The Pitfalls of Procrastination

‘How’s that project going? You know, the one due tomorrow?!’

‘Yeah, great, I’m going to get around to it just after I finish playing Fortnite.’

Does this conversation ever happen in your household? It can be very frustrating to watch our kids make poor choices in relation to study or homework, but often procrastination can mask some deeper issues going on.

Procrastination isn’t just a student problem. We all know the feeling of avoidance – whether it is those overdue dental check-ups, the bills that are still sitting on the kitchen table or the phone call to a relative that we just keep putting off.

Tim Urban has a hilarious TED talk about this issue. Giving vivid language to the realities of procrastination, he speaks about how his Instant Gratification Monkey often is the one calling the shots. Living wholly in the present moment, this Monkey just wants to have fun and and make things easy. Then the deadline begins to loom and suddenly the one thing the Monkey is afraid of appears – the Panic Monster. With the Monkey out of the way, the Rational Decision-Maker can take over once again – allowing us to work double and overtime to get it done.

The uncanny accuracy of his descriptions bring much laughter, however Urban finishes by showing how these habits can become destructive later on in life, particularly in issues with no foreseeable deadline. The habits that we cultivate in our youth can linger on with ill effects on  health, careers or relationships. They can also lead to negative outcomes in the present such as anxiety, insomnia, issues with self-esteem and regret.

When you see your kids putting off something difficult, it might be time to ask some pertinent questions. What is it that is feeding this behaviour? Is it a lack of motivation or interest in the topic? Issues of low-self-confidence? A fear of failure? Is it actually that they don’t understand and need some help? Perhaps it could be perfectionism? Check out this article ‘Why do kids procrastinate’ for a broader discussion of the underlying issues. Whatever the reason, it is worth having a conversation about it.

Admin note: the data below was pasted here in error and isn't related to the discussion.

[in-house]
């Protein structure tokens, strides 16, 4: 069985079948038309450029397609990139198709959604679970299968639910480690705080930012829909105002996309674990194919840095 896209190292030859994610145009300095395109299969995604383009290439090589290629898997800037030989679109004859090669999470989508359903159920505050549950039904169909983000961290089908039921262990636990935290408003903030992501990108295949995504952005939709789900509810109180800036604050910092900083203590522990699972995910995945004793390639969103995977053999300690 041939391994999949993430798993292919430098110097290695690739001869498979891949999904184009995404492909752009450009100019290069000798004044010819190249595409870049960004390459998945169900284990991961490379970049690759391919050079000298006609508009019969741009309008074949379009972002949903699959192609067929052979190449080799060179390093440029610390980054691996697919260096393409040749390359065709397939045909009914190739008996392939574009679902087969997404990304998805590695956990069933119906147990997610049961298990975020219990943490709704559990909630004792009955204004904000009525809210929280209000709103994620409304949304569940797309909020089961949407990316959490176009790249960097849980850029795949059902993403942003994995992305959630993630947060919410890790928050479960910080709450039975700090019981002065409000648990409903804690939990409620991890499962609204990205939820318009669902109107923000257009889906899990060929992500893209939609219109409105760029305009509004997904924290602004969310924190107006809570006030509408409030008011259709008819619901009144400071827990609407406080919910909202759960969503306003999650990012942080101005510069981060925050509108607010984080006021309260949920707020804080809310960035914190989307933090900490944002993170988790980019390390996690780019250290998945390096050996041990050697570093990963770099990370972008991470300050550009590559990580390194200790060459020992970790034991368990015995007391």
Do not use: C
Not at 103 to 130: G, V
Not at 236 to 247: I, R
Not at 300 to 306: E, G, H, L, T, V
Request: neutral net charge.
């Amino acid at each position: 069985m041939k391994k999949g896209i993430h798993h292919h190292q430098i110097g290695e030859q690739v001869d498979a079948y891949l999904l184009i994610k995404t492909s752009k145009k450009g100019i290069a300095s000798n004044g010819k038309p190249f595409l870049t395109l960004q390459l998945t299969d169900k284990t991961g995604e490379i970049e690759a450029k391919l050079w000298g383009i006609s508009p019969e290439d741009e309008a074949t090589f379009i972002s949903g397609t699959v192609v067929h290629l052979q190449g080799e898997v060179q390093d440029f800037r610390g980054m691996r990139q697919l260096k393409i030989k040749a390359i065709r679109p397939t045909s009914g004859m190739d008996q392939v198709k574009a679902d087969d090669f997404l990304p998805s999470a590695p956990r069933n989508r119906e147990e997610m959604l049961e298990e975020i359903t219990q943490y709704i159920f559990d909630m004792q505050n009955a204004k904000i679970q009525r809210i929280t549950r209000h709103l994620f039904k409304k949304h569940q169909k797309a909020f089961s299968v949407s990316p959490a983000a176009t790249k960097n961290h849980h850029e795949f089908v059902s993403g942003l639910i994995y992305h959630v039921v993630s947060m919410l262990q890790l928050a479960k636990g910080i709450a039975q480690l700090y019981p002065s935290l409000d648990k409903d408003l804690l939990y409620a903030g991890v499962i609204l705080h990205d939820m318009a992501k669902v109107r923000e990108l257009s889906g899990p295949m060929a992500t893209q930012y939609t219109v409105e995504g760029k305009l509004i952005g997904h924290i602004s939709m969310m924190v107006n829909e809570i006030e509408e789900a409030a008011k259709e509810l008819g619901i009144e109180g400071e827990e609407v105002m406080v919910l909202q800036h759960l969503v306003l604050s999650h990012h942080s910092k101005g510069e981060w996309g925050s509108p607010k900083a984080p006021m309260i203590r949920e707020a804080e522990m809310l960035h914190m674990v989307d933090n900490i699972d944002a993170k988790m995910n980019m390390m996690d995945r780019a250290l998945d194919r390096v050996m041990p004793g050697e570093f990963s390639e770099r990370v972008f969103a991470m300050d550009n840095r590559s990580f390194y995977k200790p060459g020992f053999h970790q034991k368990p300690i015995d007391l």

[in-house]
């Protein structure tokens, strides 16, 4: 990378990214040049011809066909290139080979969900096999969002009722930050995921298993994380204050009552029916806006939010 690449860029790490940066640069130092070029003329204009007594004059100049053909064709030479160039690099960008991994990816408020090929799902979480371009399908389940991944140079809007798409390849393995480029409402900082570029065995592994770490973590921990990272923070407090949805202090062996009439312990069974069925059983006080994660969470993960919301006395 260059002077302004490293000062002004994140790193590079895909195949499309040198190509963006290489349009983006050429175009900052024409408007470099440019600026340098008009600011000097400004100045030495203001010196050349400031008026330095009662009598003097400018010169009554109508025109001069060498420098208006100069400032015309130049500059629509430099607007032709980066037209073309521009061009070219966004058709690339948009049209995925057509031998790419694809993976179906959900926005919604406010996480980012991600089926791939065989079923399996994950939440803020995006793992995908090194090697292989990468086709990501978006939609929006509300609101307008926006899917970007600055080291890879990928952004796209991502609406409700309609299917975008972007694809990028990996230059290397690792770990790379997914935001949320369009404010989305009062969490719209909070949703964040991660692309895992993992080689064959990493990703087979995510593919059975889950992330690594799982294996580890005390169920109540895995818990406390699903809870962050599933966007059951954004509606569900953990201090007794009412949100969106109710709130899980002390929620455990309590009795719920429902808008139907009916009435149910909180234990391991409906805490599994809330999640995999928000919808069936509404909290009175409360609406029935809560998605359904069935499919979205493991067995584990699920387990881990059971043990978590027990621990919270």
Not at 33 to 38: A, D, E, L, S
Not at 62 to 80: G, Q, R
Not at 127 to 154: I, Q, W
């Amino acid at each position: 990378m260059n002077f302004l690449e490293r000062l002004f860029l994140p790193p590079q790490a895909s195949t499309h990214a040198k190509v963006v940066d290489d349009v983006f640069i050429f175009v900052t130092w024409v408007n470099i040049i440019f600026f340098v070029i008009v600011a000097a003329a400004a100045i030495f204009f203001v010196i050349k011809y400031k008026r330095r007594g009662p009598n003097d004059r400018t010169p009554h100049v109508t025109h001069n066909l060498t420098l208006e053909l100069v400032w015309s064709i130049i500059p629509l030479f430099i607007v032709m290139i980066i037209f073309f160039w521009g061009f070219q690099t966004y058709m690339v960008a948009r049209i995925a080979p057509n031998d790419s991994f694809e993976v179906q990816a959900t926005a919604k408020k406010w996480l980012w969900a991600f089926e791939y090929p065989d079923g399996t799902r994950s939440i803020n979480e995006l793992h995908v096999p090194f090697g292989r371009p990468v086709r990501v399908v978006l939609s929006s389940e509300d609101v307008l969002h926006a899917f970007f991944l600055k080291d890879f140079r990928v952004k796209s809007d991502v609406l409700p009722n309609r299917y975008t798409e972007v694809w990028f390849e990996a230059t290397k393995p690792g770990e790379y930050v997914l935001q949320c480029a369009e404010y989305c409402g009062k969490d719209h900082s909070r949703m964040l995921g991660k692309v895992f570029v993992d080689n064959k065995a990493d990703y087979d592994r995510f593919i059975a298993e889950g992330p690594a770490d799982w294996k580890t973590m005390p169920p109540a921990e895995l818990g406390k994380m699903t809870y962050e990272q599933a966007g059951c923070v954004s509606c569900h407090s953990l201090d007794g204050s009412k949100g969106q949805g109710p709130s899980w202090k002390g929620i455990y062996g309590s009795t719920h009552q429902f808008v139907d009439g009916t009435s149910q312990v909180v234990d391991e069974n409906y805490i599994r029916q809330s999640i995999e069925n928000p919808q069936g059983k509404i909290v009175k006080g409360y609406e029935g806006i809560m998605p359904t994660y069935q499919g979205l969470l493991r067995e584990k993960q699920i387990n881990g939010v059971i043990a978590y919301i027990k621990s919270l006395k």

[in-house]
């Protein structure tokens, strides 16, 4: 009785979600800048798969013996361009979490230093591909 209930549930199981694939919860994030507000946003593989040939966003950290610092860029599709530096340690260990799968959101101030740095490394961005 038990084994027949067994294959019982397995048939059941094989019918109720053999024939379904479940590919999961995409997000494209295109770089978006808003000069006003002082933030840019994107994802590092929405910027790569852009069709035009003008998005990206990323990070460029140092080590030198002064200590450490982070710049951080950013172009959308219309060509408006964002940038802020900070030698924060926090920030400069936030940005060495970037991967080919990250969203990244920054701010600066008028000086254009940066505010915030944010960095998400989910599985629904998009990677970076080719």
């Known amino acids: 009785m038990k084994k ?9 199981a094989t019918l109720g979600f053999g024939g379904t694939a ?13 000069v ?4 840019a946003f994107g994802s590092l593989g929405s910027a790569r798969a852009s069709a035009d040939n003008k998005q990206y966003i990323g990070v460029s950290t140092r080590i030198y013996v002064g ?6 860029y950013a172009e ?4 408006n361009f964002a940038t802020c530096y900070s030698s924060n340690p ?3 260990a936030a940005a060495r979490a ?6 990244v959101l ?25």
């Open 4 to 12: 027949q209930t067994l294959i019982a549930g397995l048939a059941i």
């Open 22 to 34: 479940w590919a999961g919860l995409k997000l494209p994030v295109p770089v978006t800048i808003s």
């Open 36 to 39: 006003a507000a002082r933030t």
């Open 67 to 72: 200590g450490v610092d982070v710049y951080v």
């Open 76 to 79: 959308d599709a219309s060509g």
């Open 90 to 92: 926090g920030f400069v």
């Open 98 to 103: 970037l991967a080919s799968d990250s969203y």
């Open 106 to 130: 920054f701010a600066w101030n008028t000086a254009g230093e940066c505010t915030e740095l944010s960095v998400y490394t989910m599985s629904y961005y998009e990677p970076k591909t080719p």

In the meantime, here are some practical tips to help avoid that last minute rush:

  1. Set up a designated study area, a place that has minimal distractions and allows your child to concentrate to the best of their ability.
  2. Work with your child to figure out what motivates them. Perhaps they can use gaming as a reward instead of a distractor, once they have completed a set amount of words/time. Maybe a favourite treat when they achieve a part of the goal. Having something to look forward to can have a positive effect on behaviour.
  3. Get out the calendar when deadlines are set and help your child choose how to break up the assignment or study time into smaller, more manageable chunks.

What are your tips for getting it done? We would love to hear them!
If you want more, check out ‘Stop procrastinating’, ‘10 foolproof tips for overcoming procrastination’, or ‘11 ways to overcome procrastination’. For anxiety-related procrastination, check out our previous article: ‘Five tips to helps students deal with anxiety’.


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